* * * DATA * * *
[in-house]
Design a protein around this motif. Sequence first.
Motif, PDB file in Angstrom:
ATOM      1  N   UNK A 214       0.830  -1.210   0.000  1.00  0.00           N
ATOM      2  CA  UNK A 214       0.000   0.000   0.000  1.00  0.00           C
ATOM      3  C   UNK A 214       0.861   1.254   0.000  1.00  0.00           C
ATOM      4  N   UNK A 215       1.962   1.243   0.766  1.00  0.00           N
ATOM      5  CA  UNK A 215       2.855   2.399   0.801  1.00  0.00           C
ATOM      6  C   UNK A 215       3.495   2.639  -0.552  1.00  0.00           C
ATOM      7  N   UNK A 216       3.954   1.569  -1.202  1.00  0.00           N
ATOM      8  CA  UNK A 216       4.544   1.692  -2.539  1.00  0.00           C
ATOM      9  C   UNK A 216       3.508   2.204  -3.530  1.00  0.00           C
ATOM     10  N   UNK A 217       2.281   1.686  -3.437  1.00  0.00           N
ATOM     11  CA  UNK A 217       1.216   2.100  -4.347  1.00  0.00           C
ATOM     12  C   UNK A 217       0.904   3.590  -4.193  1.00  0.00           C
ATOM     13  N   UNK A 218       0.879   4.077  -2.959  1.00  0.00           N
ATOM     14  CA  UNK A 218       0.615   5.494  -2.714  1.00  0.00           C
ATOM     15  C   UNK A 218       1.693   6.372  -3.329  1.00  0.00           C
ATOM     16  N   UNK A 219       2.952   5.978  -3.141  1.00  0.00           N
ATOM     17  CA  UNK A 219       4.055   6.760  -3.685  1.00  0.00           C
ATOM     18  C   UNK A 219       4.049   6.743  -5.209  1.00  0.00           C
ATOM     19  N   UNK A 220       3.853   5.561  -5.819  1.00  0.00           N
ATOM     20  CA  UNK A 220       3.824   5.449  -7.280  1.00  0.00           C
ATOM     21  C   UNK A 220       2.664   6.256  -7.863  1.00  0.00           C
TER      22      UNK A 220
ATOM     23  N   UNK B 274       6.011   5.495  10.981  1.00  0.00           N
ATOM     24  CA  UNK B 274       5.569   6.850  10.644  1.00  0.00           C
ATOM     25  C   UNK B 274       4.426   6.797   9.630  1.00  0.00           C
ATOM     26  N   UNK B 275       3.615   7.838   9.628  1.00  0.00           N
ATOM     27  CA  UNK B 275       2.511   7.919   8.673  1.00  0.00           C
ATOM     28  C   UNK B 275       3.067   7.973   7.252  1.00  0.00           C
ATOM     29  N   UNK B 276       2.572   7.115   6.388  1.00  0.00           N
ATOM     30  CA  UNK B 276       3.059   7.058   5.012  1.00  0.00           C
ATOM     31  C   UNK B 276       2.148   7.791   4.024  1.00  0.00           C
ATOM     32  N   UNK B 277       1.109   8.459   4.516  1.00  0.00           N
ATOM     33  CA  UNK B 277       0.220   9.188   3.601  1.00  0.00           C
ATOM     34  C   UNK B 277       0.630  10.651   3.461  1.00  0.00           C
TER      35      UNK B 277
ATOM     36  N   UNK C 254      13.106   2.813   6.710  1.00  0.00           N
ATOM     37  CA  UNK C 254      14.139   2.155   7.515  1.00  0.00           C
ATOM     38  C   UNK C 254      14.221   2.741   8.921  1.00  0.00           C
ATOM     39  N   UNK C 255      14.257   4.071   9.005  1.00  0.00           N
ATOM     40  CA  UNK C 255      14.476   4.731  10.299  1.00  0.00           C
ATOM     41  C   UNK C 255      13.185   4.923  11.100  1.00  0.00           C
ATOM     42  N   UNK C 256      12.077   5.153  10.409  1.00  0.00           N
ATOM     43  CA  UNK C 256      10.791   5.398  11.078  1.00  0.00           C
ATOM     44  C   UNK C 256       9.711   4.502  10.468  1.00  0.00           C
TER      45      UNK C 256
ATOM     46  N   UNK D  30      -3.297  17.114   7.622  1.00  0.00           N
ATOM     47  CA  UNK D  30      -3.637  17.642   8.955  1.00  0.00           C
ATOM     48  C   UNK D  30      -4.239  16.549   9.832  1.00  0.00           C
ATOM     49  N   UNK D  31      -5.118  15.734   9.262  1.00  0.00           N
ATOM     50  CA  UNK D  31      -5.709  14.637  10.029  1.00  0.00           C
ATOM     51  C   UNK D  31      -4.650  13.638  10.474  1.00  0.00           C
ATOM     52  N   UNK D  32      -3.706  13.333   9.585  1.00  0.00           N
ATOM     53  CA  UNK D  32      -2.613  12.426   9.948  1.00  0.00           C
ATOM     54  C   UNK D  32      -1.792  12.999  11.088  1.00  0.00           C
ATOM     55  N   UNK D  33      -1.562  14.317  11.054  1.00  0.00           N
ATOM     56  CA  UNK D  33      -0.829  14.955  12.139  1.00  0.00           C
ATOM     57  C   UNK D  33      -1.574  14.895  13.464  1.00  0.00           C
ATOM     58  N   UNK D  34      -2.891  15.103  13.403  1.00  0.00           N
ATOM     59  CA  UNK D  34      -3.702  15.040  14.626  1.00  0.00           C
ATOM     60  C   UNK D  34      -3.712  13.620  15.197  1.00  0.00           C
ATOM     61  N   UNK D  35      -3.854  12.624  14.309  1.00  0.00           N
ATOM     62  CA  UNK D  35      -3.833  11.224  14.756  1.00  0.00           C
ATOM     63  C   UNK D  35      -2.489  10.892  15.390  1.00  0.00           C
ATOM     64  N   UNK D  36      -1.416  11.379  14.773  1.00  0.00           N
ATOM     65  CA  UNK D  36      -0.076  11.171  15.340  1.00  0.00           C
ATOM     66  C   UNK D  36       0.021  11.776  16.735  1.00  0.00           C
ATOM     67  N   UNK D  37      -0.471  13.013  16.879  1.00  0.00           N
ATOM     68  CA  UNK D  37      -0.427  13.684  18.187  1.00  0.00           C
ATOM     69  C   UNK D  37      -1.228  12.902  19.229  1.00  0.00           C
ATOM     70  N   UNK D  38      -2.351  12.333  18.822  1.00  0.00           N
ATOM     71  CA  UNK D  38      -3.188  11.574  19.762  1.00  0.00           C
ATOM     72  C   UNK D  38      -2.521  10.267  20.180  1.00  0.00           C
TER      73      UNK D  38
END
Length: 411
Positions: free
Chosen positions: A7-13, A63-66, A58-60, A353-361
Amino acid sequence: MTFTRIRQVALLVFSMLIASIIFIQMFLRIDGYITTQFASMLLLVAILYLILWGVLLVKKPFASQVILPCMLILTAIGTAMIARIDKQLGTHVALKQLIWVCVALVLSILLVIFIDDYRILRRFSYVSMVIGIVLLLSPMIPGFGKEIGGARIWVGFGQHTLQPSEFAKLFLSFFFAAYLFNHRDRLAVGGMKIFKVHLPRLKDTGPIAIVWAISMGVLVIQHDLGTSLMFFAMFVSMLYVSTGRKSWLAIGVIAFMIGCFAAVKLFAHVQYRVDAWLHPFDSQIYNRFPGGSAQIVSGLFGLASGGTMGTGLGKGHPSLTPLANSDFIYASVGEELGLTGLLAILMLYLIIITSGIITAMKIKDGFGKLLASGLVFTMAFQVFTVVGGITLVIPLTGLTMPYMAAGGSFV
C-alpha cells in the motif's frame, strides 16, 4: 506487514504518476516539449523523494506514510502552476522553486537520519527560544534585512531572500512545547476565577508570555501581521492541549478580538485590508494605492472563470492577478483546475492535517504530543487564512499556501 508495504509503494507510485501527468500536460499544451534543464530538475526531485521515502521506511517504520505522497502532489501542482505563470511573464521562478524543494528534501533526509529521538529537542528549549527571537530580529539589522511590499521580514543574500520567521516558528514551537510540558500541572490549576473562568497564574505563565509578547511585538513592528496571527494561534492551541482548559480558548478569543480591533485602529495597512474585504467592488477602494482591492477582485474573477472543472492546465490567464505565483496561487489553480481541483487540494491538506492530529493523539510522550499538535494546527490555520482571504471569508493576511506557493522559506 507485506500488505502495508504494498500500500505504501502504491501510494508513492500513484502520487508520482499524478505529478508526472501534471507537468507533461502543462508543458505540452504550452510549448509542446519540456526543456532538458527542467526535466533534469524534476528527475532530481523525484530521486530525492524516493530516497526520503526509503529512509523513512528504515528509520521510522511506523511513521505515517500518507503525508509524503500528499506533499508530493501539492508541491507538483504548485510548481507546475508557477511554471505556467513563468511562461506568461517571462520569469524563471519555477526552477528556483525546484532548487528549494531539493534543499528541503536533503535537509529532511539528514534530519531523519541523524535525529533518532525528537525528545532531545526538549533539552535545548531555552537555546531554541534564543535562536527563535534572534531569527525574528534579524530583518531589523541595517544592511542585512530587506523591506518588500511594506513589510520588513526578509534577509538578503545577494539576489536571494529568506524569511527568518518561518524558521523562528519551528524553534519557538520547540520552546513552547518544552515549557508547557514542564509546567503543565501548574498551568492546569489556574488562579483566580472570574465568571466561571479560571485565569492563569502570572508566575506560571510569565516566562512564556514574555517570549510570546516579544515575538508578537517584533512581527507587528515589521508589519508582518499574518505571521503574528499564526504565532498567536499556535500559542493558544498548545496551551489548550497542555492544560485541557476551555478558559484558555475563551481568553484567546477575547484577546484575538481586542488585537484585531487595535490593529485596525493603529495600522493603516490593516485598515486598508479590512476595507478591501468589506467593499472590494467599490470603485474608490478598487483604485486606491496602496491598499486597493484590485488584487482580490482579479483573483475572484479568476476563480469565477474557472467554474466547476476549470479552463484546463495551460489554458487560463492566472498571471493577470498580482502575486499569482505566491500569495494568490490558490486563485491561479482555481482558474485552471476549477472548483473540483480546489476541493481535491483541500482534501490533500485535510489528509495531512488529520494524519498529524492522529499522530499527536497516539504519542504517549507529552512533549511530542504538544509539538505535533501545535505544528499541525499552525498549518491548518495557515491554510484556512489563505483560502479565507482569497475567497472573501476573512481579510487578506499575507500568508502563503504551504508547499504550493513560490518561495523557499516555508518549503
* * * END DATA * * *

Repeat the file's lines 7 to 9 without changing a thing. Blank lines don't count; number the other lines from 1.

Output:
ATOM      4  N   UNK A 215       1.962   1.243   0.766  1.00  0.00           N
ATOM      5  CA  UNK A 215       2.855   2.399   0.801  1.00  0.00           C
ATOM      6  C   UNK A 215       3.495   2.639  -0.552  1.00  0.00           C